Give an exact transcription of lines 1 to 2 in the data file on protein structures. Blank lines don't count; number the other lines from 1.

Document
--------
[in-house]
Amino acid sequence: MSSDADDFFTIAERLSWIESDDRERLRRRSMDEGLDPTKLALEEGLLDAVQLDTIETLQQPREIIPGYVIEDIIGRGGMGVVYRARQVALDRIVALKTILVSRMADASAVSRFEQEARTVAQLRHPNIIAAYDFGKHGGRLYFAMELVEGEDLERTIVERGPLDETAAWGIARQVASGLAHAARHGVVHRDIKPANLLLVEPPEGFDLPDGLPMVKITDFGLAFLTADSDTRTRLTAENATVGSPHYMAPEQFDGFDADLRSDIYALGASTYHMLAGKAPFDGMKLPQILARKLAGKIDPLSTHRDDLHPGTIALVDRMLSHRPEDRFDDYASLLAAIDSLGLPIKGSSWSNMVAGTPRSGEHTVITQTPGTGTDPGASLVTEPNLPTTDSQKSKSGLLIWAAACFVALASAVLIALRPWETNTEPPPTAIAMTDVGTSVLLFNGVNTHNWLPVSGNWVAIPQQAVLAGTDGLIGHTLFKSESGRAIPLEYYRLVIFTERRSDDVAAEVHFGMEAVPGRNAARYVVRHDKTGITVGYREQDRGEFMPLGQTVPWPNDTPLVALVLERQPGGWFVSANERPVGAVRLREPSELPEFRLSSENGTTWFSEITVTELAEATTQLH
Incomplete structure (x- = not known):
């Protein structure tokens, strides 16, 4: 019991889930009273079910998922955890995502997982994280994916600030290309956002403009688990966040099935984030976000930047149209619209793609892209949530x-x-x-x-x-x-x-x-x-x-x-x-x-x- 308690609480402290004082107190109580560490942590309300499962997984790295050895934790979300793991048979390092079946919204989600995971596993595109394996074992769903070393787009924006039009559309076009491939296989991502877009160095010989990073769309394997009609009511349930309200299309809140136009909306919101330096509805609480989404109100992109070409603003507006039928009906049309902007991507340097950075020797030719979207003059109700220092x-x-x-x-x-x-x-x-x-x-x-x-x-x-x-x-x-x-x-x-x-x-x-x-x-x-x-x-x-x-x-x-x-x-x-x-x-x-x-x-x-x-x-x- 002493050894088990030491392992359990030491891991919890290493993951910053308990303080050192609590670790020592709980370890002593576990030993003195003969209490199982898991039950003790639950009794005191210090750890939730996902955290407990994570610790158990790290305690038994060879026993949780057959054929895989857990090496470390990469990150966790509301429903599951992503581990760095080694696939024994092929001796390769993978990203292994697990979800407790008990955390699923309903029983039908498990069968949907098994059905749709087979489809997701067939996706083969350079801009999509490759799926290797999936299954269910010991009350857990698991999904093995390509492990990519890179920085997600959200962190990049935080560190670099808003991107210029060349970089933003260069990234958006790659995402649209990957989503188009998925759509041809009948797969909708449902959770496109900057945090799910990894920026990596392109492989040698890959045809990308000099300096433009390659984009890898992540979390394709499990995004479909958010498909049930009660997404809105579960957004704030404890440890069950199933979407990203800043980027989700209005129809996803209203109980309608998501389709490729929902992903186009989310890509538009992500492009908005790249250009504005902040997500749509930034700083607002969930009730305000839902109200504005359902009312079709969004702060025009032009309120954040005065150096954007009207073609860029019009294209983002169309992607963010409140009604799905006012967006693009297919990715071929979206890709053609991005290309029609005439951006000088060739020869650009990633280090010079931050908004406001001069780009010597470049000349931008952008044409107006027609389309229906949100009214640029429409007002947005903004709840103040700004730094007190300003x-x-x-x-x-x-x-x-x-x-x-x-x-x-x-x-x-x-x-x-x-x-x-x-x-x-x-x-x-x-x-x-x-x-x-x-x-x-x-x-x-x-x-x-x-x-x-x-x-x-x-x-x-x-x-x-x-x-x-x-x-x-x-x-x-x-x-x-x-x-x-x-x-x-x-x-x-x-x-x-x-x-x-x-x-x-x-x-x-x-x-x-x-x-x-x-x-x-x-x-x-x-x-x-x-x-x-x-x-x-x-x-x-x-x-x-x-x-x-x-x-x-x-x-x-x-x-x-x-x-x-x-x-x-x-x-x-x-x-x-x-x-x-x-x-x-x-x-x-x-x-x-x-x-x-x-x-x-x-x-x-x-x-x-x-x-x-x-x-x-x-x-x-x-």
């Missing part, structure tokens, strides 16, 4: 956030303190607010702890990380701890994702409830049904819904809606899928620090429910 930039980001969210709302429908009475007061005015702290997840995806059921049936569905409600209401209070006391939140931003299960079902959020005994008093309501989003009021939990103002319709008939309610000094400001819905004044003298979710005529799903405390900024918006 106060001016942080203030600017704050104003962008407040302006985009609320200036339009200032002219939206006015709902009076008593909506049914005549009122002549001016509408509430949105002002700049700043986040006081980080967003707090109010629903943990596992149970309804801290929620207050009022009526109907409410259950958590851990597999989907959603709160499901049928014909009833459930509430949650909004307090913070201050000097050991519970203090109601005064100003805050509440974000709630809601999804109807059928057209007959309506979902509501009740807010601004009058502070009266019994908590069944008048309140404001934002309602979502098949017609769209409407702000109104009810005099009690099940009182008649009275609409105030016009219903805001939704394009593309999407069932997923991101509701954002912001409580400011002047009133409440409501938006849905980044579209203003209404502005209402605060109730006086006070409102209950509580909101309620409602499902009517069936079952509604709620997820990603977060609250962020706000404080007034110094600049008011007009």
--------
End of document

[in-house]
Amino acid sequence: MSSDADDFFTIAERLSWIESDDRERLRRRSMDEGLDPTKLALEEGLLDAVQLDTIETLQQPREIIPGYVIEDIIGRGGMGVVYRARQVALDRIVALKTILVSRMADASAVSRFEQEARTVAQLRHPNIIAAYDFGKHGGRLYFAMELVEGEDLERTIVERGPLDETAAWGIARQVASGLAHAARHGVVHRDIKPANLLLVEPPEGFDLPDGLPMVKITDFGLAFLTADSDTRTRLTAENATVGSPHYMAPEQFDGFDADLRSDIYALGASTYHMLAGKAPFDGMKLPQILARKLAGKIDPLSTHRDDLHPGTIALVDRMLSHRPEDRFDDYASLLAAIDSLGLPIKGSSWSNMVAGTPRSGEHTVITQTPGTGTDPGASLVTEPNLPTTDSQKSKSGLLIWAAACFVALASAVLIALRPWETNTEPPPTAIAMTDVGTSVLLFNGVNTHNWLPVSGNWVAIPQQAVLAGTDGLIGHTLFKSESGRAIPLEYYRLVIFTERRSDDVAAEVHFGMEAVPGRNAARYVVRHDKTGITVGYREQDRGEFMPLGQTVPWPNDTPLVALVLERQPGGWFVSANERPVGAVRLREPSELPEFRLSSENGTTWFSEITVTELAEATTQLH